Karyotypical characteristics of two allopatric African populations of anhydrobiotic Polypedilum Kieffer, 1912 (Diptera, Chironomidae) originating from Nigeria and Malawi.

Petrova NA, Cornette R, Shimura S, Gusev OA, Pemba D, Kikawada T, Zhirov SV, Okuda T - Comp Cytogenet (2015)

Representative karyotype of the Polypedilumvanderplanki population from Nigeria. Chromosome numbers are indicated as I, II, III and IV. Chromosome arms are labeled A–B, C–D, E–F, and G. The expected locations of the centromeres are indicated by arrows and each section is numbered and delimited by short lines. N1, N2, (N3): nucleoli, BR: Balbiani ring, Inv: inversion.
© Copyright Policy - creative-commons-attribution
Related In: Results  -  Collection

License
Show All Figures
getmorefigures.php?uid=PMC4488965&req=5

Figure 1: Representative karyotype of the Polypedilumvanderplanki population from Nigeria. Chromosome numbers are indicated as I, II, III and IV. Chromosome arms are labeled A–B, C–D, E–F, and G. The expected locations of the centromeres are indicated by arrows and each section is numbered and delimited by short lines. N1, N2, (N3): nucleoli, BR: Balbiani ring, Inv: inversion.
Mentions: The diploid chromosome number coincided with the modal diploid number of the genus Polypedilum: 2n=8 (Fig. 1) (Tavcar 1967, Porter and Martin 1977, Petrova et al. 1981, Kiknadze et al. 1991, Gavrikova and Belyanina 1993, Kerkis et al. 1996, Michailova 1989). Chromosomes were designated according to their respective lengths - I, II, III and IV, with the length ratio I=II>III>IV. The combination of arms in chromosomes was AB, CD, EF and G (Keyl 1960). It should be noted that these designations do not mean a homology with arms in the genus Chironomus. Chromosome I was metacentric, chromosomes II and III submetacentrics, and chromosome IV telocentric. The putative centromeres were clearly visible (specified by arrows in Figure 1) and looked like conspicuous heterochromatic bands, wider than the average width of the chromosome. The karyotype of the population is multinucleolar, with two nucleoli (N).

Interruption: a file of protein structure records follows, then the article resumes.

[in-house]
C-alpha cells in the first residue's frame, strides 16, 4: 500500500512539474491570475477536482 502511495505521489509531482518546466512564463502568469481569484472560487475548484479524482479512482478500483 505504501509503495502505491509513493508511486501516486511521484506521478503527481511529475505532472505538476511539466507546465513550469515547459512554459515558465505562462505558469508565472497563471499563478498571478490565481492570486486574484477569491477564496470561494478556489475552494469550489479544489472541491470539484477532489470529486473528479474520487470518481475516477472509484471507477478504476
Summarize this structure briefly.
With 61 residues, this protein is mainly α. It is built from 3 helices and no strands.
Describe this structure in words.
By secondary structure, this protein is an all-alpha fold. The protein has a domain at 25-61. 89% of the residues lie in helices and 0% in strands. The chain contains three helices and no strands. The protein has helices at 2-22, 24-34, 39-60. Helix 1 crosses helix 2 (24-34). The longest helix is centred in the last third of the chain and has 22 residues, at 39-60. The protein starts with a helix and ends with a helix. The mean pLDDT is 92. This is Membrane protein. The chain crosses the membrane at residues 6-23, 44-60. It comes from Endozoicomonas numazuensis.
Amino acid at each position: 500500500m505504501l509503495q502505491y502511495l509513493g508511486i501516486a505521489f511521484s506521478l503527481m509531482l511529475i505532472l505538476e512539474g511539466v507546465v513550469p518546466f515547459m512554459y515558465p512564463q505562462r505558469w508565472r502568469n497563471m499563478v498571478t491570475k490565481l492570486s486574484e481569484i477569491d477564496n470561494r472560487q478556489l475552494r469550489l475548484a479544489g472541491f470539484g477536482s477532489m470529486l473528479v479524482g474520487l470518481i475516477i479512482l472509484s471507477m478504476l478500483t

Bottom Line: The African chironomid Polypedilumvanderplanki Hinton, 1951 is the only chironomid able to withstand almost complete desiccation in an ametabolic state known as anhydrobiosis.Both populations, Nigerian and Malawian, showed the same number of chromosomes (2n=8), but important differences were found in the band sequences of polytene chromosomes, and in the number and the arrangement of active regions between the two populations.Such important differences raise the possibility that the Malawian population could constitute a distinct new species of anhydrobiotic chironomid.

View Article: PubMed Central - PubMed

Affiliation: Zoological Institute, Russian Academy of Sciences, Universitetskaya nab. 1, St. Petersburg 199034, Russia.

ABSTRACT
The African chironomid Polypedilumvanderplanki Hinton, 1951 is the only chironomid able to withstand almost complete desiccation in an ametabolic state known as anhydrobiosis. The karyotypes of two allopatric populations of this anhydrobiotic chironomid, one from Nigeria and another from Malawi, were described according to the polytene giant chromosomes. The karyotype from the Nigerian population was presented as the reference chromosome map for Polypedilumvanderplanki. Both populations, Nigerian and Malawian, showed the same number of chromosomes (2n=8), but important differences were found in the band sequences of polytene chromosomes, and in the number and the arrangement of active regions between the two populations. Such important differences raise the possibility that the Malawian population could constitute a distinct new species of anhydrobiotic chironomid.

No MeSH data available.


Related in: MedlinePlus